Web Crush Wednesdays: Women of Xal

I won’t lie to you, readers: I’ve been excited to write this Web Crush for a while now. Strong as my love is for dating sims, I’ll be the first to admit that the setups usually draw from the same pool. School romances with various magical trappings; the new woman in a business where all her other co-workers are men: the tropes are familiar and comfortable, but sometimes we all need a little spice in our lives. A little something to shake things up. So today I present to you a dating sim that breaks out of the more typical shoujo romance mold and thrusts you into a world of corporate intrigue where romance may be the last thing on your mind.

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In Project Trinity’s Women of Xal, players take the role of Xjena, a mysterious woman who has, alongside five other women, been chosen to compete for the legacy of one of Xal’s greatest business moguls, Xuna Xaovant. Xjena must prove her intelligence and cunning in order to rise to the top, but the challenge comes in how you, the player, will achieve this—or if you’ll achieve it at all. Xjena can spurn all others and become calculating and cruel to win this inheritance, or she can calculate her maneuvers in a more diplomatic manner and build strategic friendships. Or, alternately, Xjena can decide that this whole legacy thing isn’t for her and instead support the other women around her and befriend them, rather than compete against them. Will you throw it all away for a romance with one of the women you’re competing with (or even one of the harem boys!), or will you choose to focus on your career instead of getting romantically involved with anyone? All roads could either lead to success or ruin depending on your choices.

One of the most impressive factors of Women of Xal is its cast. While there are some paler characters, there doesn’t seem to be a white person among them. Honestly, it’s just really cool to see that the most promising business leaders in Xal are all women of color, and that Black women are leading the charge. Echoing this (or maybe it’s the other way around), Project Trinity itself is full of diversity: the writer of the game, Jonathan L. Johnson, is a Black man himself, and the rest of the team is filled with both women of all races and other Black male artists (in terms of sound design and illustration).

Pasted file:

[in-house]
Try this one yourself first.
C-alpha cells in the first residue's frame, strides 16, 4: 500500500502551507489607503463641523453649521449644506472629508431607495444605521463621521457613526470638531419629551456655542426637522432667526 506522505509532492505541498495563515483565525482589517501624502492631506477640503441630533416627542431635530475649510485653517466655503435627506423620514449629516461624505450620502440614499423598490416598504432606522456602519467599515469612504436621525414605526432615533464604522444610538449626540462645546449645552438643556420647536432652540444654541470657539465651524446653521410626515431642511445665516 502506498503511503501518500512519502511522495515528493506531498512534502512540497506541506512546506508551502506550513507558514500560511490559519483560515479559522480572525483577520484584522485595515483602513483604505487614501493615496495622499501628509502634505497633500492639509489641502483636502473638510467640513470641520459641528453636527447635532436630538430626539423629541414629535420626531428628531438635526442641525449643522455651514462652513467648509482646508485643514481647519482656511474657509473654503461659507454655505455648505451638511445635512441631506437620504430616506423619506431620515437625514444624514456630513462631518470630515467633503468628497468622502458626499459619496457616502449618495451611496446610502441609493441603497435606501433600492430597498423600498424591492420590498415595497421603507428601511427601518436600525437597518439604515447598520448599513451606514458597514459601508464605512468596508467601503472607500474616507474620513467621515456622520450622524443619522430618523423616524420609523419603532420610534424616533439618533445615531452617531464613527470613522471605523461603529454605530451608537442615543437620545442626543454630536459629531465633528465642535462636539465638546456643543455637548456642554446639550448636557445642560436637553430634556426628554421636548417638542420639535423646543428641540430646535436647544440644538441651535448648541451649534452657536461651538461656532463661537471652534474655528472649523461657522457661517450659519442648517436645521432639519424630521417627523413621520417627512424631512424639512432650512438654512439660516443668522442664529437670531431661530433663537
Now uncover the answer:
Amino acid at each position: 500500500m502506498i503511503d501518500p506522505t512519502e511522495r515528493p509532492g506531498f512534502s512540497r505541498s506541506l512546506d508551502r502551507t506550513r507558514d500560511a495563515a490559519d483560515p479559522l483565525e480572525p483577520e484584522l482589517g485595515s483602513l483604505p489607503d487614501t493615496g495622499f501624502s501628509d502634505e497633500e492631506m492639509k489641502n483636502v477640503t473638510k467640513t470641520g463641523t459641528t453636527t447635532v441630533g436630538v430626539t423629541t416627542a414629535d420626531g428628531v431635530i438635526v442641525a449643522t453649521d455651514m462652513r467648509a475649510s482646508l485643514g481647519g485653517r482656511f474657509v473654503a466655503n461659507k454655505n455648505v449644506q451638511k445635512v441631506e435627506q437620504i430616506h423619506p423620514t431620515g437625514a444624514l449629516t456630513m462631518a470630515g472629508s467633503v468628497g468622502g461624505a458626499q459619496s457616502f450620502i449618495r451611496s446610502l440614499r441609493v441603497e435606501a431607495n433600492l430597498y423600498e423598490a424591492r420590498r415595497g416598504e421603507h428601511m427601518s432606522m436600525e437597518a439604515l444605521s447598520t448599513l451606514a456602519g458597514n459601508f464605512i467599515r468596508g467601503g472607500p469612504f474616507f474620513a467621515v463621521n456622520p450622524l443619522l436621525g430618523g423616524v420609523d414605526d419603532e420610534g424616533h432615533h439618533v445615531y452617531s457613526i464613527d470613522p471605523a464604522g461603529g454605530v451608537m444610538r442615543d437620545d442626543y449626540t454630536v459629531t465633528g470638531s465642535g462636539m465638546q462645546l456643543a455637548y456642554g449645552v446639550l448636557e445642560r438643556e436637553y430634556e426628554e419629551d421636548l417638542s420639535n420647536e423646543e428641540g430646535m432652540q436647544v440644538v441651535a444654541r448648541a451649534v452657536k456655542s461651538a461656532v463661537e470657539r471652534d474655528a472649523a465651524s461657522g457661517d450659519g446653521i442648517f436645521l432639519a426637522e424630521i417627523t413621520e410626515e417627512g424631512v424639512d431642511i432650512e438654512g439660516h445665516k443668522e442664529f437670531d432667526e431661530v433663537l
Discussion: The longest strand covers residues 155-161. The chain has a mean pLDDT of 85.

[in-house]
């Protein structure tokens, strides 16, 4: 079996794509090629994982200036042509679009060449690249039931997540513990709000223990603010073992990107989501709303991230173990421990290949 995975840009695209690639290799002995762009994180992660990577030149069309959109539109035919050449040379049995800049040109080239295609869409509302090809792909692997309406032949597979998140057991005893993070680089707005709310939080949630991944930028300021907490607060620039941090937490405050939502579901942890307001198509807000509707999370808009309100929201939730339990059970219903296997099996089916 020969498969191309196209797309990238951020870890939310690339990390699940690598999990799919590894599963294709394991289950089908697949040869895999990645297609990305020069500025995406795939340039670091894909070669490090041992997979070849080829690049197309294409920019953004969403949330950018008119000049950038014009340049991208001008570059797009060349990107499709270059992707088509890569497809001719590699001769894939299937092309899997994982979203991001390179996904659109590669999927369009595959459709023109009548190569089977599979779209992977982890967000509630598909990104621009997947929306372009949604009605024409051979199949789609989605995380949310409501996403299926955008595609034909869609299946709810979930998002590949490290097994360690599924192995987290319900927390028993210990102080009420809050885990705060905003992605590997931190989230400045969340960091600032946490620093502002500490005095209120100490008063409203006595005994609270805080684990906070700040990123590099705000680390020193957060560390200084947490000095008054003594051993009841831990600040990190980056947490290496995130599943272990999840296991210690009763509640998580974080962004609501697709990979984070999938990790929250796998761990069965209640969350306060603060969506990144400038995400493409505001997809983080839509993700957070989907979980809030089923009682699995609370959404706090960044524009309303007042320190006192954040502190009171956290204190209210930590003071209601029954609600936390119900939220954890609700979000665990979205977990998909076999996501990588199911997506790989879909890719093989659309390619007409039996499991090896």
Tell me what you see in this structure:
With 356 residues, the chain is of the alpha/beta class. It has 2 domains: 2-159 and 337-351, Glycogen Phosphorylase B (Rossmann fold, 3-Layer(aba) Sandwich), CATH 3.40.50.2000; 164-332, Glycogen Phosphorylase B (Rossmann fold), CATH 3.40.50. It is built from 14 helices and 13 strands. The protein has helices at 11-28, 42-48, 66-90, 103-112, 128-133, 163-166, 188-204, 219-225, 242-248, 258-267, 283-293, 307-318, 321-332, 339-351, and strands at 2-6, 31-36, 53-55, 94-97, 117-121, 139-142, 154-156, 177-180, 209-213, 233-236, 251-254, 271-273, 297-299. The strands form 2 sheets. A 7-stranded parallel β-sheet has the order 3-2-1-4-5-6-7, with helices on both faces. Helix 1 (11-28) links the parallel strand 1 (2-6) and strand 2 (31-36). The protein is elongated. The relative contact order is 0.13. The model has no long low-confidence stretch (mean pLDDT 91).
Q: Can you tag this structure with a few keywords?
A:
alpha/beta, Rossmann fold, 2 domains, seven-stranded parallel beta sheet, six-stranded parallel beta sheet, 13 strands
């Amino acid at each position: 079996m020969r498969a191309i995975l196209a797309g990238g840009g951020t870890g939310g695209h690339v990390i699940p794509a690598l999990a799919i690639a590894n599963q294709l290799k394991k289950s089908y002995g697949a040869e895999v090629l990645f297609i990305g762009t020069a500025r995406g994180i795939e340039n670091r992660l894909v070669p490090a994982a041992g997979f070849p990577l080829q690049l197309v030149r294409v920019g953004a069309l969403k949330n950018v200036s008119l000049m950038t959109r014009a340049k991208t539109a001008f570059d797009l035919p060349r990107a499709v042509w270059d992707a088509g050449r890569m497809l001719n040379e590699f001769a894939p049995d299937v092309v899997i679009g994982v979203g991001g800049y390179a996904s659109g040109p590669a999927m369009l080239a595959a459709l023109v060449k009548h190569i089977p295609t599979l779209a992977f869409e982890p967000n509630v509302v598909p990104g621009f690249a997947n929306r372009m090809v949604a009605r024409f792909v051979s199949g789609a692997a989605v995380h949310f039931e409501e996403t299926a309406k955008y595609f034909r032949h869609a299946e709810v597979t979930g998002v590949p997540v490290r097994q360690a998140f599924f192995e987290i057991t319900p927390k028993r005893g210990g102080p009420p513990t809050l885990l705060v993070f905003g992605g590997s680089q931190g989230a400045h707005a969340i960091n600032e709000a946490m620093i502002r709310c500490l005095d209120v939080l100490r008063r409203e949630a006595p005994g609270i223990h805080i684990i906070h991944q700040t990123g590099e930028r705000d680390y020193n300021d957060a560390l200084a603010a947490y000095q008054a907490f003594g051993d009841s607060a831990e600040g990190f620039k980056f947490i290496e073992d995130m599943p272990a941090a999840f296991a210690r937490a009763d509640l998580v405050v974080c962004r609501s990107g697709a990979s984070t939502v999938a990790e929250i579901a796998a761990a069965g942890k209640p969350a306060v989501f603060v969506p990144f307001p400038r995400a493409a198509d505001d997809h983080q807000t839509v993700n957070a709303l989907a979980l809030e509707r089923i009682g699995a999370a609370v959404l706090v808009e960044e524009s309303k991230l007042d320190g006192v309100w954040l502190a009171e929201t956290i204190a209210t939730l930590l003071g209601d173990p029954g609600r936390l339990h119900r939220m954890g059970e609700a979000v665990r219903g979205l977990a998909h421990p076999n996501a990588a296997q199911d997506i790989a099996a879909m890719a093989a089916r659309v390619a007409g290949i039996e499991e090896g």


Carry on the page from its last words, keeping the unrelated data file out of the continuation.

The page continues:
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Something that intrigued me personally about the game, though, is its portrayal of gender and the discussions that will arise from that. Xal is a matriarchy, and because of this, men are often viewed as objects more than people. For a woman to have an entire harem of men, like Xuna does (and subsequently Xjena if she proves herself) for instance, is not strange at all; however, a woman’s relationship to her harem boys is considered secondary to her relationship to her wife if she has one. Furthermore, it’s expected for the men to be subservient to women in general. This leads to a universe where men taking on more stereotypically feminine roles, or even dressing more femininely, probably isn’t seen as that strange, and it provokes the player into thinking about their own relationship with gender and gender inequality. I’m sure the game will further explore the sexism, new and old, in its universe, and I’m excited to see where these explorations and discussions lead.

Going back to what I originally said, the reason I waited so long to bring up Women of Xal was so that I could link to Project Trinity’s Kickstarter—which as of today will still have twenty-two days to go. If you can donate, that’s great! If this kind of dating sim visual novel appeals to you, make sure to check out Project Trinity’s Tumblr page here for updates, or their Facebook page. If you’d like to support Women of Xal with your wallet, jump on over to their Kickstarter page here. And if you’d like a little taste of the worldbuilding or what to expect from Xuna herself, check out Xuna’s Twitter over here and grab some in-character Q&A!


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One thought on “Web Crush Wednesdays: Women of Xal

  1. Pingback: Web Crush Wednesdays: Two Scoops | Lady Geek Girl and Friends

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